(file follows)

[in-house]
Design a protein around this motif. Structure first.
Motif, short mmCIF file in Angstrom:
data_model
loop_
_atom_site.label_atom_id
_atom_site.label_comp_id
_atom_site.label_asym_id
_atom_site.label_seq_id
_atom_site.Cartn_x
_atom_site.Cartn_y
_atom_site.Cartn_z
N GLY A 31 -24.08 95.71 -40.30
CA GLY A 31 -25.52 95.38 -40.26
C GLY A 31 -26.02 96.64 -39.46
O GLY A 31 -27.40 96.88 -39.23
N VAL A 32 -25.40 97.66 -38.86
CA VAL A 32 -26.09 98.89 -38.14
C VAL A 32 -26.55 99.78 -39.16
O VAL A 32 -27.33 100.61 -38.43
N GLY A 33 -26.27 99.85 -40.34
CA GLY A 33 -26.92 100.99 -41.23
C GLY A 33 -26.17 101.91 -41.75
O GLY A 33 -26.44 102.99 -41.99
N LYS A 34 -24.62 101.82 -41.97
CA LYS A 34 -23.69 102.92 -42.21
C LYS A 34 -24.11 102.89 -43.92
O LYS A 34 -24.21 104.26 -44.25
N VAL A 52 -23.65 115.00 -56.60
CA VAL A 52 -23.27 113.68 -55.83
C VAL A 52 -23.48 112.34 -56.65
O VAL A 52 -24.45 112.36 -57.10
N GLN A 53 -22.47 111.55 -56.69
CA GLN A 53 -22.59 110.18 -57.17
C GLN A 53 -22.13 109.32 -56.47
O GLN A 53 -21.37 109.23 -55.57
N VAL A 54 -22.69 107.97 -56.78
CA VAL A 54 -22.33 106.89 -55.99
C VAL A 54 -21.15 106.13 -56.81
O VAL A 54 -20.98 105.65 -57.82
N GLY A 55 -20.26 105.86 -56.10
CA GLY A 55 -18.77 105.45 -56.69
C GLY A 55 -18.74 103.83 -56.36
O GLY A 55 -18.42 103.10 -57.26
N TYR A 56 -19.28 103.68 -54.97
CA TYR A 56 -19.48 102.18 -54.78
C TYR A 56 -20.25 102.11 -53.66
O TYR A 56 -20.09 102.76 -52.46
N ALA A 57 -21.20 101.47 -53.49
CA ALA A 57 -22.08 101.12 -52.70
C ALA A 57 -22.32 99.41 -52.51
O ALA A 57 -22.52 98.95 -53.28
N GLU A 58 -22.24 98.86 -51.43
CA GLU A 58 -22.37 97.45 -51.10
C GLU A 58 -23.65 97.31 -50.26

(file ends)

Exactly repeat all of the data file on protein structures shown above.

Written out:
[in-house]
Design a protein around this motif. Structure first.
Motif, short mmCIF file in Angstrom:
data_model
loop_
_atom_site.label_atom_id
_atom_site.label_comp_id
_atom_site.label_asym_id
_atom_site.label_seq_id
_atom_site.Cartn_x
_atom_site.Cartn_y
_atom_site.Cartn_z
N GLY A 31 -24.08 95.71 -40.30
CA GLY A 31 -25.52 95.38 -40.26
C GLY A 31 -26.02 96.64 -39.46
O GLY A 31 -27.40 96.88 -39.23
N VAL A 32 -25.40 97.66 -38.86
CA VAL A 32 -26.09 98.89 -38.14
C VAL A 32 -26.55 99.78 -39.16
O VAL A 32 -27.33 100.61 -38.43
N GLY A 33 -26.27 99.85 -40.34
CA GLY A 33 -26.92 100.99 -41.23
C GLY A 33 -26.17 101.91 -41.75
O GLY A 33 -26.44 102.99 -41.99
N LYS A 34 -24.62 101.82 -41.97
CA LYS A 34 -23.69 102.92 -42.21
C LYS A 34 -24.11 102.89 -43.92
O LYS A 34 -24.21 104.26 -44.25
N VAL A 52 -23.65 115.00 -56.60
CA VAL A 52 -23.27 113.68 -55.83
C VAL A 52 -23.48 112.34 -56.65
O VAL A 52 -24.45 112.36 -57.10
N GLN A 53 -22.47 111.55 -56.69
CA GLN A 53 -22.59 110.18 -57.17
C GLN A 53 -22.13 109.32 -56.47
O GLN A 53 -21.37 109.23 -55.57
N VAL A 54 -22.69 107.97 -56.78
CA VAL A 54 -22.33 106.89 -55.99
C VAL A 54 -21.15 106.13 -56.81
O VAL A 54 -20.98 105.65 -57.82
N GLY A 55 -20.26 105.86 -56.10
CA GLY A 55 -18.77 105.45 -56.69
C GLY A 55 -18.74 103.83 -56.36
O GLY A 55 -18.42 103.10 -57.26
N TYR A 56 -19.28 103.68 -54.97
CA TYR A 56 -19.48 102.18 -54.78
C TYR A 56 -20.25 102.11 -53.66
O TYR A 56 -20.09 102.76 -52.46
N ALA A 57 -21.20 101.47 -53.49
CA ALA A 57 -22.08 101.12 -52.70
C ALA A 57 -22.32 99.41 -52.51
O ALA A 57 -22.52 98.95 -53.28
N GLU A 58 -22.24 98.86 -51.43
CA GLU A 58 -22.37 97.45 -51.10
C GLU A 58 -23.65 97.31 -50.26